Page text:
However, some activities were not suitable for them such as ‘Infused water’. It might be because finding fruits is hard work for them. In addition, ‘Drunk in Love’ during the Valentine’s week and ‘Drink for…’ did not improve the drinking behaviour because its influence was in the short duration; therefore, they could not create enough impact.

V. CONCLUSION

In the current era of the fast changing world, people are preferring to consume SSB instead of regular water and many may assume that computer games and social media are prevalent issue. But in reality if we use technology wisely, it would even provide us with a much more efficient method to reach the target group. Our study, thereby, then brings upon the appropriate aspect of games and social media in order to resolve the current issues and improve the quality of life. The issues are not only being the high rate of SSB consumption, but the collective social matter as a whole.

Notes on Contributors

Nattabhorn Bunplook, Mechita Kongphiromcheu, Priyapat Phatinawin are medical students from Collaborative Project to Increase Production of Rural Doctor (CPIRD) at Medical Education Centre Buddhasothorn Hospital. All of them contributed equally in the conception, experimental design and implementation of the study.

Panadda Rojpibulstit is an Associate Professor in Biochemistry and a former Vice Dean of Student Affairs and Health Promotion of the Faculty of Medicine, Thammasat University. She contributed in drafting and revision the manuscript.

All authors read and approved the final manuscript.

Ethical Approval

This study was approved by the Human Ethics committee of Thammasat University No. I (Faculty of Medicine) (IRB No. 097/2560).

Funding

There was no funding support.

Acknowledgements

We would like to appreciate all of the participants; 1st year medical students in Thammasat University (MEDTU26). We would like to acknowledge the Faculty of Medicine, Thammasat University and the Foundation for Medicine and Public Health, CPIRD Bhuddhasothorn Thailand for the traveling grants to join with 14th APMEC conference, 2017.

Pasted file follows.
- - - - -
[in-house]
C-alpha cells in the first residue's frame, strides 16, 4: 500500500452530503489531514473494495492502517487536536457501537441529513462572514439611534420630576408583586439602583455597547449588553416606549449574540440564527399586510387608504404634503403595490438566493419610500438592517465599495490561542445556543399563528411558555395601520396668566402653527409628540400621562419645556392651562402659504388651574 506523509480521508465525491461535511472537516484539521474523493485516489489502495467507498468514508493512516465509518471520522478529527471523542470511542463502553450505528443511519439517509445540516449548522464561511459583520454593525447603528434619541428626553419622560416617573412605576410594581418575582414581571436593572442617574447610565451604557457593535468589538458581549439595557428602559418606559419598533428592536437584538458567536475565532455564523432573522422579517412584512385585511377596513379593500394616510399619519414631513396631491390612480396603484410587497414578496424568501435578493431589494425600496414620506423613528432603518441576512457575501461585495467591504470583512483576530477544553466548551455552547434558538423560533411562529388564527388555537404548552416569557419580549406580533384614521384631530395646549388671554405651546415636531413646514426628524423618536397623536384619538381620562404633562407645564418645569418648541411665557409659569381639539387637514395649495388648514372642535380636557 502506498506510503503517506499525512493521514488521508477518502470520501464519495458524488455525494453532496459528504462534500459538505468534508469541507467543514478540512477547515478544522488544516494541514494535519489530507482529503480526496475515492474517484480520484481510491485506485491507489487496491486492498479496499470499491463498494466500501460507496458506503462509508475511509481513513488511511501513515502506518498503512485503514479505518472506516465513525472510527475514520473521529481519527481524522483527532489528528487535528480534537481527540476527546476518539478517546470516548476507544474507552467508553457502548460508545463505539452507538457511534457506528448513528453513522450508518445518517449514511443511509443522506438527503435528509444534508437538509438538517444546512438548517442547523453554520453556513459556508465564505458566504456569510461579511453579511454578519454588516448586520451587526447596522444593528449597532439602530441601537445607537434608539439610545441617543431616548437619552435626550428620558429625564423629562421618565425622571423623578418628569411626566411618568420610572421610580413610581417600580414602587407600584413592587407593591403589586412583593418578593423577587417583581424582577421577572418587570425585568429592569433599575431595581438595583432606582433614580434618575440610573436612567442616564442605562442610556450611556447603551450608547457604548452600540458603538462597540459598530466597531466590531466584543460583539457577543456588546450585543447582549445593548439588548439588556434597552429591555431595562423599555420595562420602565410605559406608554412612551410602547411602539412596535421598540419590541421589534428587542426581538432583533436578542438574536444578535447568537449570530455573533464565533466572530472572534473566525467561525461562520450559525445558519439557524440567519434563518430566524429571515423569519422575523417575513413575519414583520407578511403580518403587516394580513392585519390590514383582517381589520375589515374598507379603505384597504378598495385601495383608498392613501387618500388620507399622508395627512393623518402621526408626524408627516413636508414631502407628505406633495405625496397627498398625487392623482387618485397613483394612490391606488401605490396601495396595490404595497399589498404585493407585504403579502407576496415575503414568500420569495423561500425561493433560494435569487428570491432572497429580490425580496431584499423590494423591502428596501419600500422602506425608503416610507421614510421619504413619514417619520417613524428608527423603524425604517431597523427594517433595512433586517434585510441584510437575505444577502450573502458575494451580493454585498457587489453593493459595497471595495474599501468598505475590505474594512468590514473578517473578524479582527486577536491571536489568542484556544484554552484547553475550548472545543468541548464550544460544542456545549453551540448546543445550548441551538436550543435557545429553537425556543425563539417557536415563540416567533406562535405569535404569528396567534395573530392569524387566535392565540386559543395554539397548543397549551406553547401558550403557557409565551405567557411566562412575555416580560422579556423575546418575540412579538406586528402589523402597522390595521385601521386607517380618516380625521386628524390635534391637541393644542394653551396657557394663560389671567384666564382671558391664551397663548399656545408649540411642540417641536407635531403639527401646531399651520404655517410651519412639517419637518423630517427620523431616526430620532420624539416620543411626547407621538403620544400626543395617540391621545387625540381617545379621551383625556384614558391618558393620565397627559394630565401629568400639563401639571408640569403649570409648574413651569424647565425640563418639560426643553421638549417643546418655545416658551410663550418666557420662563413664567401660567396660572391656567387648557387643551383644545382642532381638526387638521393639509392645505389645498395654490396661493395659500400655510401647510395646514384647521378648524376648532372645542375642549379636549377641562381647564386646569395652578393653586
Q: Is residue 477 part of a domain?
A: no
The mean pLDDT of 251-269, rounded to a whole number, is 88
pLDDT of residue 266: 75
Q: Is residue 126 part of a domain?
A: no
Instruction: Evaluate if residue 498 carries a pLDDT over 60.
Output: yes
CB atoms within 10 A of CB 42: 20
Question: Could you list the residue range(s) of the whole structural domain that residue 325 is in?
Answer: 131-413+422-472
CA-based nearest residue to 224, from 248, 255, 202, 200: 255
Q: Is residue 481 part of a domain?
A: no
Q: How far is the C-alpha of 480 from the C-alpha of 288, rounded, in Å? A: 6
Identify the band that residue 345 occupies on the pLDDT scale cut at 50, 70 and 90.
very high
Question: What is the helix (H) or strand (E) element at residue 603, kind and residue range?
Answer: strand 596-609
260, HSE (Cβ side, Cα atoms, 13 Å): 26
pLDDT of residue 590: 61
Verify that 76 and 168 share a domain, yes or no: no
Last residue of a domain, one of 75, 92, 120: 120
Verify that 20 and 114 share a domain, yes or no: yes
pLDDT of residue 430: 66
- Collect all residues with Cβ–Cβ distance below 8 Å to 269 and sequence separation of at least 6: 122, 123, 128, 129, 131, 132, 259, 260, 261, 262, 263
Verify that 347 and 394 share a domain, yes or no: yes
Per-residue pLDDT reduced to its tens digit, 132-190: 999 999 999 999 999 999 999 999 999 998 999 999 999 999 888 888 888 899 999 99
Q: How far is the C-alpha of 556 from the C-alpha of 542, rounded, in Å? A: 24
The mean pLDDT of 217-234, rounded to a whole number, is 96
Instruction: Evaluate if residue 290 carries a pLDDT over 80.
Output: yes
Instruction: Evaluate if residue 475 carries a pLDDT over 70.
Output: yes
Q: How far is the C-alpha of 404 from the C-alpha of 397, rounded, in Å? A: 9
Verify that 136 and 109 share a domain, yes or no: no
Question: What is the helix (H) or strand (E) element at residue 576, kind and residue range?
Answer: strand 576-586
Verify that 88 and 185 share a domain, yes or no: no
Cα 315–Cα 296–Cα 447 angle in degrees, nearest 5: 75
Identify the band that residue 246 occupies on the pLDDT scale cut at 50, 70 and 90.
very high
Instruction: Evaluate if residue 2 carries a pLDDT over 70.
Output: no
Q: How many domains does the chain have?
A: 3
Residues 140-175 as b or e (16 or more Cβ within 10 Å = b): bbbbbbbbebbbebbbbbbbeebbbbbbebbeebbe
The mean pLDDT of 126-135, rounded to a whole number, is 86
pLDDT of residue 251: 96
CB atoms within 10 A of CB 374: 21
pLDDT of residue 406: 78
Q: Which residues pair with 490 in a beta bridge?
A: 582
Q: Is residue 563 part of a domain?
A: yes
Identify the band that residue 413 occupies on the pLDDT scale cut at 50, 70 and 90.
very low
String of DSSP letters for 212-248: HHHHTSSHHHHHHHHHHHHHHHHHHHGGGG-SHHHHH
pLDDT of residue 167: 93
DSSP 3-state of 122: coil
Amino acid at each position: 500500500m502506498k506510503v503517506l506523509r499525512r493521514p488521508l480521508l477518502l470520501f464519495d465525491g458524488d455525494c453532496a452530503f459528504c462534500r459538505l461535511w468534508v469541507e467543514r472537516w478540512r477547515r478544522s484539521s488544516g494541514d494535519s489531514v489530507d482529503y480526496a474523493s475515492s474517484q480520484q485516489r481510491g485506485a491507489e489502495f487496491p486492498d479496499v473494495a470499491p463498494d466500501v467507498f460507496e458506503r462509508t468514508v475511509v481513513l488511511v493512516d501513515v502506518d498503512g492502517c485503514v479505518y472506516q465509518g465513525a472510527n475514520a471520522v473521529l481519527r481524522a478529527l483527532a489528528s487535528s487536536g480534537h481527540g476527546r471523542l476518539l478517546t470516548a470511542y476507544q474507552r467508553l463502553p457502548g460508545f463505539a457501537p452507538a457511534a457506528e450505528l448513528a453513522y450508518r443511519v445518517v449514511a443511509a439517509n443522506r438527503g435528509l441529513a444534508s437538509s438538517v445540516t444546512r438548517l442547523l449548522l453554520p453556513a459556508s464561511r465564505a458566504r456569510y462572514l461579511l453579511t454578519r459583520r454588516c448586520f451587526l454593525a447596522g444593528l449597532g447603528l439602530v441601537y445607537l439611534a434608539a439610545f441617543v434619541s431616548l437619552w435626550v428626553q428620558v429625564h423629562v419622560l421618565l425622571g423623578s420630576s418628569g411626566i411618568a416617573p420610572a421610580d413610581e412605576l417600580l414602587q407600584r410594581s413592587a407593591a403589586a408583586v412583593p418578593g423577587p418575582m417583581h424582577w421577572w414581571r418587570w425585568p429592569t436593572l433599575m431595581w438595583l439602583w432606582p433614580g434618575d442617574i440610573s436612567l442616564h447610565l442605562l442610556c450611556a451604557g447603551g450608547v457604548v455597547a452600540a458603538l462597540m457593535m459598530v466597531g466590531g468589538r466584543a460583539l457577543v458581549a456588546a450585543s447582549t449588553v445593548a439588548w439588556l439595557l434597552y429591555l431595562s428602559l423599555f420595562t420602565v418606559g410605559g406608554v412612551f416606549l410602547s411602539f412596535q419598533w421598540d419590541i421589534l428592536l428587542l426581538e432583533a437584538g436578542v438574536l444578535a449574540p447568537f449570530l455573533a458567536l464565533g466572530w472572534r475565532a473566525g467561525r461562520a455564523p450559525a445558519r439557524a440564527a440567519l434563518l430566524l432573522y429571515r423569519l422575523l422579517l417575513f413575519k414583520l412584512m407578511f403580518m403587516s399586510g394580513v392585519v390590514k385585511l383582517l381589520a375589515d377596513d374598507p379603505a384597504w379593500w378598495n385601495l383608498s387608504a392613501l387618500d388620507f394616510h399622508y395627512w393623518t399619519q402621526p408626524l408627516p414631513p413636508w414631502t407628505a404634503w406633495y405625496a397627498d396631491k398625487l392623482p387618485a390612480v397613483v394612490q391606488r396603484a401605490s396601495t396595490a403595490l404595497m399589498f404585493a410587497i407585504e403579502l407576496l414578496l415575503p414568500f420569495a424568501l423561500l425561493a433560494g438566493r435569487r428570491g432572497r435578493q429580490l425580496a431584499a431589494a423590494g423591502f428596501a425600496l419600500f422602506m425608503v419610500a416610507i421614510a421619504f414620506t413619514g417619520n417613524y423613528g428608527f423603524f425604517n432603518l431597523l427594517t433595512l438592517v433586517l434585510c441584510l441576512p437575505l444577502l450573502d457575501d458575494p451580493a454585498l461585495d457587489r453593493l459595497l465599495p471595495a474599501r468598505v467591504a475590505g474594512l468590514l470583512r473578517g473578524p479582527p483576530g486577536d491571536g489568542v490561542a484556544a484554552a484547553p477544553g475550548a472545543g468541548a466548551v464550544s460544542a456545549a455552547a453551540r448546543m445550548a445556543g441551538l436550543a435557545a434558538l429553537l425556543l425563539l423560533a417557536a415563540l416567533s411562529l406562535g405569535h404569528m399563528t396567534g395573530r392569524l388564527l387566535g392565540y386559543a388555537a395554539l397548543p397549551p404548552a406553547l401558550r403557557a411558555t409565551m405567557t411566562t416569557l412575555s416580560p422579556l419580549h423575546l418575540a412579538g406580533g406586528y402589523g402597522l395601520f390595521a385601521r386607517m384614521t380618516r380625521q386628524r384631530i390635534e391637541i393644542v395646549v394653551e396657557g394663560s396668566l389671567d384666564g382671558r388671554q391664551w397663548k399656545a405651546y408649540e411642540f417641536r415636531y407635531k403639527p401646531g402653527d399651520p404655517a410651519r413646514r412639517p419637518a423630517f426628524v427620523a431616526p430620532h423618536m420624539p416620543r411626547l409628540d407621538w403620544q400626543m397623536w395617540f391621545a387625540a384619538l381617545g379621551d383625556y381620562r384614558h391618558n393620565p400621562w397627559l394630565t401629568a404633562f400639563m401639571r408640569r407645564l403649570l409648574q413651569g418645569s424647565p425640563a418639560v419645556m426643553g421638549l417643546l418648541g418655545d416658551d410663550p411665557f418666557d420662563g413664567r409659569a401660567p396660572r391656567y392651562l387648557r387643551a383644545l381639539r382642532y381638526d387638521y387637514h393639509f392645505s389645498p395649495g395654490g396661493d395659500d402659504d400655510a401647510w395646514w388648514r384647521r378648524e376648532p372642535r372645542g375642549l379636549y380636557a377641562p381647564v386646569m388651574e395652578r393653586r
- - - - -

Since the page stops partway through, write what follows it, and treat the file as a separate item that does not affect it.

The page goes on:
Declaration of Interest

The authors declare that they have no competing interests.

References

Al-Qahtani, M. H. (2016). Dietary Habits of Saudi Medical Students at University of Dammam. International Journal of Health Sciences, 10(3), 353-362.

Frank, E., Carrera, J. S., Elon, L., & Hertzberg, V. S. (2006). Basic demographics, health practices, and health status of U.S. medical students. American Journal of Preventive Medicine, 31(6), 499–505. https://doi.org/10.1016/j.amepre.2006.08.009.

Shah, T., Purohit, G., Nair, S. P., Patel, B., Rawal, Y. & Shah, R. M. (2014). Assessment of Obesity, Overweight and Its Association with the Fast Food Consumption in Medical Students. Journal of Clinical and Diagnostic Research, 8(5), CC05-CC07. https://doi.org/10.7860/JCDR/2014/7908.4351.

World Health Organization. (2016). Global Report on Diabetes. Retrieved from http://apps.who.int/iris/bitstream/10665/204871/1/9789241565257_eng.pdf.

*Panadda Rojpibulstit
Biochemistry Department, Preclinical Sciences Institutes,
Faculty of Medicine, Thammasat University,
Pathumthani, Thailand, 12121
Tel: +66 9269710
Email: panadda@tu.ac.th